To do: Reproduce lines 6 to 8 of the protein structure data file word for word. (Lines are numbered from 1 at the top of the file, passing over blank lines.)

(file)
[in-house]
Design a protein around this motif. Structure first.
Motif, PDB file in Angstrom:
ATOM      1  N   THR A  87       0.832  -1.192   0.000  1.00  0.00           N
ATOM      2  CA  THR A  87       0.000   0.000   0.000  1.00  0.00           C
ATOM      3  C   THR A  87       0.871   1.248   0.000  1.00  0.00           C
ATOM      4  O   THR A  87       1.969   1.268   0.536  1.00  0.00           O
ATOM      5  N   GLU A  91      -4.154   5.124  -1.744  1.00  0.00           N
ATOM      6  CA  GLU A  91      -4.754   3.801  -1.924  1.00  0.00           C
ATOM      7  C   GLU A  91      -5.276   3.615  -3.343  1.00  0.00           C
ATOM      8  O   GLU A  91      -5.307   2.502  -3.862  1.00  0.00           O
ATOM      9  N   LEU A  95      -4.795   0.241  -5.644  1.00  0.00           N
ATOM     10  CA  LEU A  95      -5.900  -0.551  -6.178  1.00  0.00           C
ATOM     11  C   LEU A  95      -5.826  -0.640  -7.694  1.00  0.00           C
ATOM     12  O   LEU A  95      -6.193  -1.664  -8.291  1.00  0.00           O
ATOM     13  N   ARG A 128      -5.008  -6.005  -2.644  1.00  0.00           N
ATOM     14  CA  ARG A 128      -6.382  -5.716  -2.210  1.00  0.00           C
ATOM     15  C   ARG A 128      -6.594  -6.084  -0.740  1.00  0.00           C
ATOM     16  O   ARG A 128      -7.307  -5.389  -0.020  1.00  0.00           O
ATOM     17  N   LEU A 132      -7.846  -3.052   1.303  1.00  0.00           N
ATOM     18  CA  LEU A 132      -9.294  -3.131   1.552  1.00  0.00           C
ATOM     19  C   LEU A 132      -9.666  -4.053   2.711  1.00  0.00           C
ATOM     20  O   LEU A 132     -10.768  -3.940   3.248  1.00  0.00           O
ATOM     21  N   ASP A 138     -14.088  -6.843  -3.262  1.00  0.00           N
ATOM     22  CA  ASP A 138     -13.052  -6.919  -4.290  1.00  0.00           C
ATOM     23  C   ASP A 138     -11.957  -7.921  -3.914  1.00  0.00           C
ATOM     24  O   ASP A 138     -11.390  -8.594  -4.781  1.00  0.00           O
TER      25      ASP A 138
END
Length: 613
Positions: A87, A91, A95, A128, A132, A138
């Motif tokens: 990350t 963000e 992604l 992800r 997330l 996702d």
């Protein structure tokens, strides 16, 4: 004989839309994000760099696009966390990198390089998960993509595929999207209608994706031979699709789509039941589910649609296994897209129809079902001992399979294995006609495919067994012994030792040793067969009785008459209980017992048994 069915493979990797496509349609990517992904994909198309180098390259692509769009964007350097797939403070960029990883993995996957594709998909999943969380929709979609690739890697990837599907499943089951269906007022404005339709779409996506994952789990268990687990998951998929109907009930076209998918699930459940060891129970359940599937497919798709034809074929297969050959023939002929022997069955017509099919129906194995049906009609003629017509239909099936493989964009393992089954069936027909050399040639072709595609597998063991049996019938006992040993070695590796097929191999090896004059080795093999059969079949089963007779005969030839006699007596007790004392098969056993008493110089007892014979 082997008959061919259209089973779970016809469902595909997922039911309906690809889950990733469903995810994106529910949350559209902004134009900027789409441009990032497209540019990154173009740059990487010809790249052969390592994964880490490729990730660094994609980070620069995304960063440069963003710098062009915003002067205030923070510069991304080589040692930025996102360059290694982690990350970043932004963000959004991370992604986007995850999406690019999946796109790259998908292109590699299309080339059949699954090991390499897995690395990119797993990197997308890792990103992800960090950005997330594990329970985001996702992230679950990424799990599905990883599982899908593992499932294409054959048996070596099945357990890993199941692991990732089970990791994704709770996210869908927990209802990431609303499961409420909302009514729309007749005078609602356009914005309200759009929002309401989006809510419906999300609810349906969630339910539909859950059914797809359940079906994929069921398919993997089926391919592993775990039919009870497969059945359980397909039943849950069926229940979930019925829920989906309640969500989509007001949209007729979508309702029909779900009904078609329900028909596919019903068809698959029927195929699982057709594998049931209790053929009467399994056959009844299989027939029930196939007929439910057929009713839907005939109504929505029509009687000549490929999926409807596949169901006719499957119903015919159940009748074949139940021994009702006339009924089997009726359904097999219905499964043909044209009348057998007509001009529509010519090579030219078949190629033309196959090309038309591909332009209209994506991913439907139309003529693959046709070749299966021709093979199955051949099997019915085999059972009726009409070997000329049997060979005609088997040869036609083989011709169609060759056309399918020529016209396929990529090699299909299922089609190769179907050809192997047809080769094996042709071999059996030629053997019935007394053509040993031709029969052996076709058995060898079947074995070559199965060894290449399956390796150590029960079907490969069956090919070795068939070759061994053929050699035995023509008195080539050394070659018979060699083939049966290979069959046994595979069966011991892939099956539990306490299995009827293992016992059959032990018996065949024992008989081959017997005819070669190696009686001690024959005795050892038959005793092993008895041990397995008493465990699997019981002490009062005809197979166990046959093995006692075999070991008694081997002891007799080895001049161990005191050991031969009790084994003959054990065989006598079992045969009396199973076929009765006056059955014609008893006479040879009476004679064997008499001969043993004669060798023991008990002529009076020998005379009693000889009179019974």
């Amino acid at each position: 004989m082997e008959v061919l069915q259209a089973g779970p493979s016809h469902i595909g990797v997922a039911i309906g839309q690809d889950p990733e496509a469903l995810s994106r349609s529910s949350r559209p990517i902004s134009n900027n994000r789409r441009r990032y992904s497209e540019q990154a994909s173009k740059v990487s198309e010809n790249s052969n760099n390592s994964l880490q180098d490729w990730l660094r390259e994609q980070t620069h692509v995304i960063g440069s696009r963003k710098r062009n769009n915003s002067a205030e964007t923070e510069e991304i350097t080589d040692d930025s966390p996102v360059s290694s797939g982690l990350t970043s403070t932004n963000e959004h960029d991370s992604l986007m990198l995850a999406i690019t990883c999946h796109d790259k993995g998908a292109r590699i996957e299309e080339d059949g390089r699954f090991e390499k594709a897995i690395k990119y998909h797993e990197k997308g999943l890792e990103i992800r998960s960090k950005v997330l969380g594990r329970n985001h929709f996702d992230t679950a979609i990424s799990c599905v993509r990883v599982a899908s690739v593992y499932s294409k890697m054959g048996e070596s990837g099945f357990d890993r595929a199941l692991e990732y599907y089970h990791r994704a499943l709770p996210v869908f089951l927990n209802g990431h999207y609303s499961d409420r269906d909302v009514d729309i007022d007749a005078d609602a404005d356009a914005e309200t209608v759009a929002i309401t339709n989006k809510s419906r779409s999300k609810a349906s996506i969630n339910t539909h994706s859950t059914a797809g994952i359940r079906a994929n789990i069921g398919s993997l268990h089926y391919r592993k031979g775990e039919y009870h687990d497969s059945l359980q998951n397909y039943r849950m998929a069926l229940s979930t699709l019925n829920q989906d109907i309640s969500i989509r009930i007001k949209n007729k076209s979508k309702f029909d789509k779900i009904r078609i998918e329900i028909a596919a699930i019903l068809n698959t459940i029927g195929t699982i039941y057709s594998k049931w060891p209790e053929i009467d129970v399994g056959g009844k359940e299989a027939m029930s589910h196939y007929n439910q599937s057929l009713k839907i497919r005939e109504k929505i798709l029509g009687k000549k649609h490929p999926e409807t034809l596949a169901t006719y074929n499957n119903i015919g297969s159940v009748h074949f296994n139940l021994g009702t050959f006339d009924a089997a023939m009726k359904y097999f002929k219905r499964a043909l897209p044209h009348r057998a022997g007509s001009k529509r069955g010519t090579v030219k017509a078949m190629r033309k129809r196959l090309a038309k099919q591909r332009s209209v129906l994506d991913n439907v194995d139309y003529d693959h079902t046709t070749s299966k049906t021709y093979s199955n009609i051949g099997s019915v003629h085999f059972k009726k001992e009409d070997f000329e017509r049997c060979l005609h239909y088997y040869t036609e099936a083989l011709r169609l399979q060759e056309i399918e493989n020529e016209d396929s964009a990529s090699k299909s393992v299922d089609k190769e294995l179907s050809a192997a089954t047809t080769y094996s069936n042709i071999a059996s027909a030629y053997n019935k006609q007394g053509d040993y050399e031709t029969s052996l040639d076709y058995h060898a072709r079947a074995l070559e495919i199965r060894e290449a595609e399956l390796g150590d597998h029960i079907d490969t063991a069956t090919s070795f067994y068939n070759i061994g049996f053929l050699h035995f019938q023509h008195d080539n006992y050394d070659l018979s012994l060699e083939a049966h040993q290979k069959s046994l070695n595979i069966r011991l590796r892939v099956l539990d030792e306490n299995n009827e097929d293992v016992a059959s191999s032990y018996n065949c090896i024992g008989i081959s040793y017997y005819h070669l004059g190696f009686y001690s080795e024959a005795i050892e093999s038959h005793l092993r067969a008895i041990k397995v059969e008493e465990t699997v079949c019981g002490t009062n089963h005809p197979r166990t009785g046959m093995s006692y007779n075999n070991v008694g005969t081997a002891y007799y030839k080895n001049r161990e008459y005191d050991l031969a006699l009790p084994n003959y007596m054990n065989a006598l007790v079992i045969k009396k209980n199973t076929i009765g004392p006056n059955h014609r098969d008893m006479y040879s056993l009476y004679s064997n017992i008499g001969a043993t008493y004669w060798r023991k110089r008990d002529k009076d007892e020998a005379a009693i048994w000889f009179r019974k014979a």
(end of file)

ATOM      3  C   THR A  87       0.871   1.248   0.000  1.00  0.00           C
ATOM      4  O   THR A  87       1.969   1.268   0.536  1.00  0.00           O
ATOM      5  N   GLU A  91      -4.154   5.124  -1.744  1.00  0.00           N